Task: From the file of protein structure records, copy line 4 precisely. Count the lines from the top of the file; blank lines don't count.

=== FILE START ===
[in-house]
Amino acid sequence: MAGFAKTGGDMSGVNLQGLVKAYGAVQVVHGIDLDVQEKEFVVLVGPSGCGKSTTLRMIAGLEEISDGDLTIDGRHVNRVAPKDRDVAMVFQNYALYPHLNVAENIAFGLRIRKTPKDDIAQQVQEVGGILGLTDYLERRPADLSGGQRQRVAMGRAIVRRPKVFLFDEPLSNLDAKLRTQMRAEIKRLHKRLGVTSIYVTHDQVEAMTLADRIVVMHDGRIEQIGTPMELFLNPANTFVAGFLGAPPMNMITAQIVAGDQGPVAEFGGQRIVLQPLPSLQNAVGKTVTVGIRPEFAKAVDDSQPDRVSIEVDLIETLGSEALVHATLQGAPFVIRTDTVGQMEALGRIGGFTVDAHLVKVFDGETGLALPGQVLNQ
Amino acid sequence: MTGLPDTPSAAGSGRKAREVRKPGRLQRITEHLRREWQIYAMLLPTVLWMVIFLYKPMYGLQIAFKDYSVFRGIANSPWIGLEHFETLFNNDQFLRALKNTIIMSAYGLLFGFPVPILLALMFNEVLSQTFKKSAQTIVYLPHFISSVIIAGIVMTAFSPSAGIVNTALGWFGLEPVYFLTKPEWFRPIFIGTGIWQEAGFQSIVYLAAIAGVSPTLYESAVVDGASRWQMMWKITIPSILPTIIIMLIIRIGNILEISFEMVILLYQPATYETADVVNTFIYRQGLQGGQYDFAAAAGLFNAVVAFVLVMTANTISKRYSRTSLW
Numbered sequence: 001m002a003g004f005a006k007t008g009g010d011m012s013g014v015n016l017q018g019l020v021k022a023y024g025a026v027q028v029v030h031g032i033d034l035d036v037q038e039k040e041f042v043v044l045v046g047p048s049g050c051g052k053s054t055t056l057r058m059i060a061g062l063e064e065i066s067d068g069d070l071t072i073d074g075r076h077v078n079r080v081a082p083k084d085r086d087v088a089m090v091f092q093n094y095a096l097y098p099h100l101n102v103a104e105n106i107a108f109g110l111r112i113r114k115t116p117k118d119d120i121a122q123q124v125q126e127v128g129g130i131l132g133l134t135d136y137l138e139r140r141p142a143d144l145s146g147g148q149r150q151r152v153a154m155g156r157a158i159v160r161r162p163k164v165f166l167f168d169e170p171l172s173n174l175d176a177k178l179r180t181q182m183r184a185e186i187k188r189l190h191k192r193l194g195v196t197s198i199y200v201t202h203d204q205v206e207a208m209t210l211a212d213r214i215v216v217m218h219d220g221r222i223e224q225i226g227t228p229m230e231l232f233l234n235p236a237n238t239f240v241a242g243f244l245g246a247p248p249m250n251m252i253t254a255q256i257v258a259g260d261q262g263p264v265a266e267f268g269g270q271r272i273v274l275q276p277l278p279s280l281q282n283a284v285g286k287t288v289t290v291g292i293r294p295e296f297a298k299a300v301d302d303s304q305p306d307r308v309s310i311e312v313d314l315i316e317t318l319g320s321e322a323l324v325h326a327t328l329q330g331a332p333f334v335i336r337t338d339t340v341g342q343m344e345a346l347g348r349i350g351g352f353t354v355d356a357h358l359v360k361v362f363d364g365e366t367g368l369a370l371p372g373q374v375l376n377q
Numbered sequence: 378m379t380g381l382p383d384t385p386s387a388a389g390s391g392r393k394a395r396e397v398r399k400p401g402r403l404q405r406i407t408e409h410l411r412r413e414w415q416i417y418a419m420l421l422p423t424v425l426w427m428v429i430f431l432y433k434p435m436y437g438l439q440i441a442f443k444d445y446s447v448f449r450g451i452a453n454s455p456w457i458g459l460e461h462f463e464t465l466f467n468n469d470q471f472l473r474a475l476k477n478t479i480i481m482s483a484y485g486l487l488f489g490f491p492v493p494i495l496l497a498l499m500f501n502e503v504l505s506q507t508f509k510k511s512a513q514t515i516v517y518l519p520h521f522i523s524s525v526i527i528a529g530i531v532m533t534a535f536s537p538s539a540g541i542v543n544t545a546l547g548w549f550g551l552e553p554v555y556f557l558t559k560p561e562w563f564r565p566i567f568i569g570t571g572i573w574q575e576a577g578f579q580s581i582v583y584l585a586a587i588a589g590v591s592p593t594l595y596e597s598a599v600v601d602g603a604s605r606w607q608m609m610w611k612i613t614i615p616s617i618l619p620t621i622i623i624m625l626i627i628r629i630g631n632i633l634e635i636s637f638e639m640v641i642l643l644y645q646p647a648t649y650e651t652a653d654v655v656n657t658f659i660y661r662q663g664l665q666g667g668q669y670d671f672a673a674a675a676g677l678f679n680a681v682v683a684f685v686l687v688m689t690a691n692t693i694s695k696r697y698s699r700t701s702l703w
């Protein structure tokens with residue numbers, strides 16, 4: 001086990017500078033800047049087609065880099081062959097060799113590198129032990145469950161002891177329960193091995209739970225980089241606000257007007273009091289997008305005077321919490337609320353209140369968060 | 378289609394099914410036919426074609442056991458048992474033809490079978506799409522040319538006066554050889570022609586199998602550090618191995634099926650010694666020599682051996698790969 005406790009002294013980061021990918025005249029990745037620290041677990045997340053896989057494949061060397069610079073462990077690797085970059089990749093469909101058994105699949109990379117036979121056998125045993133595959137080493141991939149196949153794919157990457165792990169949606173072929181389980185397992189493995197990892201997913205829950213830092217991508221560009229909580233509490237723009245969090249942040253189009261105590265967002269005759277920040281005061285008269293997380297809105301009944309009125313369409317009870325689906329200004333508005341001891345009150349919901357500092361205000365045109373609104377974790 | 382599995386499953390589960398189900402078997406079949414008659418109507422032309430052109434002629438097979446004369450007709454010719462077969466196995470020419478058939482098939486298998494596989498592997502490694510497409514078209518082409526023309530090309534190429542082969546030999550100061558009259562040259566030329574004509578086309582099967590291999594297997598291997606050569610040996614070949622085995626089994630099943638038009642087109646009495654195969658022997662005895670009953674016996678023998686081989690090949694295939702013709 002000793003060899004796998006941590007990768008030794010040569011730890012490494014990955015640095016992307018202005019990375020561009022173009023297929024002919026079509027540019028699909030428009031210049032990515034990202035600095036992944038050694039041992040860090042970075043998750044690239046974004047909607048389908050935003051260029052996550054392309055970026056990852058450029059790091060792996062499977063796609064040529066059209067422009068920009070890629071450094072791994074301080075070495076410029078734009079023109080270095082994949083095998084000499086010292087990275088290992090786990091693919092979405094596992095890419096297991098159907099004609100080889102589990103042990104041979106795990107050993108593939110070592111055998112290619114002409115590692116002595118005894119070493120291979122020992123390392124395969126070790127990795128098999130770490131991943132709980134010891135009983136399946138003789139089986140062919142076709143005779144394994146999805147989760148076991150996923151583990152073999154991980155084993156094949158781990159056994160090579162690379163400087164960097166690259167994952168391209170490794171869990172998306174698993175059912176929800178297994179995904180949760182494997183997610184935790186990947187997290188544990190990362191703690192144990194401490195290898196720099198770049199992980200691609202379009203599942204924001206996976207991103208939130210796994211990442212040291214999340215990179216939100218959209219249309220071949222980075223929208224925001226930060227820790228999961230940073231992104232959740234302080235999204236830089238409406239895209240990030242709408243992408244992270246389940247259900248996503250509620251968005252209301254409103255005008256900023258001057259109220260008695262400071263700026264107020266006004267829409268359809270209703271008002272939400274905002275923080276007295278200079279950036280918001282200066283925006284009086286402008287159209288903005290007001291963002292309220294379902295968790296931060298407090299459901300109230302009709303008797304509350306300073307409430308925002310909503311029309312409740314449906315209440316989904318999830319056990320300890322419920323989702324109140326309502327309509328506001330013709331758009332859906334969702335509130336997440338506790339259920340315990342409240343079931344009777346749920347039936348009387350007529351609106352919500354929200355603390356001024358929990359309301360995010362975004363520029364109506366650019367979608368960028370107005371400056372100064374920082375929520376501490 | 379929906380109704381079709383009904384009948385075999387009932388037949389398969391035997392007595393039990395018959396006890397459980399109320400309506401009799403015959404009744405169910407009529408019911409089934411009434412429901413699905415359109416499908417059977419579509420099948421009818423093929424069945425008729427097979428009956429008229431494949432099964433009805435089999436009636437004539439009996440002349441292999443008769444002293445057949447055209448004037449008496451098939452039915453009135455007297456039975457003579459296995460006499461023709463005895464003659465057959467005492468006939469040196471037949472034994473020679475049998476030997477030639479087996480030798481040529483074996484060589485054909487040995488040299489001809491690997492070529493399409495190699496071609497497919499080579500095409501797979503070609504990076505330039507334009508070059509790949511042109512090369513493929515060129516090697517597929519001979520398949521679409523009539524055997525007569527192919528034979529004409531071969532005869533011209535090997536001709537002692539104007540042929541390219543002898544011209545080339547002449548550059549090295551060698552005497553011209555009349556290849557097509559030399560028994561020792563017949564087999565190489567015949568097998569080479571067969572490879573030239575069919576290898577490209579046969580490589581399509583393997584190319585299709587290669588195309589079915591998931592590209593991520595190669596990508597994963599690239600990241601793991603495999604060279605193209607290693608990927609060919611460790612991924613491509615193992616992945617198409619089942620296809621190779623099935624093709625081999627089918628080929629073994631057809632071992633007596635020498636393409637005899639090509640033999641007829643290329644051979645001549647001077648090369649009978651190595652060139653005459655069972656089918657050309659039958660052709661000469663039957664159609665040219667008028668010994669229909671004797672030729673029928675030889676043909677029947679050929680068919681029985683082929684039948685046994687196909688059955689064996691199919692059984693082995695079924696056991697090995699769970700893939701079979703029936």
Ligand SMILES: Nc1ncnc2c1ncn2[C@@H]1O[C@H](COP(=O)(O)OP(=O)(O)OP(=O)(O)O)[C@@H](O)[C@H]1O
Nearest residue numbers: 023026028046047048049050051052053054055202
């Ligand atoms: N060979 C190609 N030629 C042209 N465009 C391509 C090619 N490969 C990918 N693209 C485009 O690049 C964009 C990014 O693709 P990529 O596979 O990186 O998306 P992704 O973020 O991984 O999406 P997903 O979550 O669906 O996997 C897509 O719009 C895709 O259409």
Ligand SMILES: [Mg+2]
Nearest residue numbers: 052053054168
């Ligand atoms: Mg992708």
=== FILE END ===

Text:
Numbered sequence: 001m002a003g004f005a006k007t008g009g010d011m012s013g014v015n016l017q018g019l020v021k022a023y024g025a026v027q028v029v030h031g032i033d034l035d036v037q038e039k040e041f042v043v044l045v046g047p048s049g050c051g052k053s054t055t056l057r058m059i060a061g062l063e064e065i066s067d068g069d070l071t072i073d074g075r076h077v078n079r080v081a082p083k084d085r086d087v088a089m090v091f092q093n094y095a096l097y098p099h100l101n102v103a104e105n106i107a108f109g110l111r112i113r114k115t116p117k118d119d120i121a122q123q124v125q126e127v128g129g130i131l132g133l134t135d136y137l138e139r140r141p142a143d144l145s146g147g148q149r150q151r152v153a154m155g156r157a158i159v160r161r162p163k164v165f166l167f168d169e170p171l172s173n174l175d176a177k178l179r180t181q182m183r184a185e186i187k188r189l190h191k192r193l194g195v196t197s198i199y200v201t202h203d204q205v206e207a208m209t210l211a212d213r214i215v216v217m218h219d220g221r222i223e224q225i226g227t228p229m230e231l232f233l234n235p236a237n238t239f240v241a242g243f244l245g246a247p248p249m250n251m252i253t254a255q256i257v258a259g260d261q262g263p264v265a266e267f268g269g270q271r272i273v274l275q276p277l278p279s280l281q282n283a284v285g286k287t288v289t290v291g292i293r294p295e296f297a298k299a300v301d302d303s304q305p306d307r308v309s310i311e312v313d314l315i316e317t318l319g320s321e322a323l324v325h326a327t328l329q330g331a332p333f334v335i336r337t338d339t340v341g342q343m344e345a346l347g348r349i350g351g352f353t354v355d356a357h358l359v360k361v362f363d364g365e366t367g368l369a370l371p372g373q374v375l376n377q